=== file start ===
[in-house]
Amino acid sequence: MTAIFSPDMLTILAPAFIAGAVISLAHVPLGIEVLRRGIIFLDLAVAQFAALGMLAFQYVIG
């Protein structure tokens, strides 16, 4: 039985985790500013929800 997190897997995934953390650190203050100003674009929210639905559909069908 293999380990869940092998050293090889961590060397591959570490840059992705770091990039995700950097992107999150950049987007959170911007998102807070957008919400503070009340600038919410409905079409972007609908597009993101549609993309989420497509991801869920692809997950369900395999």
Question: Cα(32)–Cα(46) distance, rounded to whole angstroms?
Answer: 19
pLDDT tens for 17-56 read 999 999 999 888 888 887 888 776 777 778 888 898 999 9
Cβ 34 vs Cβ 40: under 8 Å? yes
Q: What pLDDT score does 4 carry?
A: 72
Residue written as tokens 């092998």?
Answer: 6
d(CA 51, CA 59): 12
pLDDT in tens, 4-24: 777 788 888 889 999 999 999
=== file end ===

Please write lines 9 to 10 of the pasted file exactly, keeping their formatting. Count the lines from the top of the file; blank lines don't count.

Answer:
A: 72
Residue written as tokens 């092998």?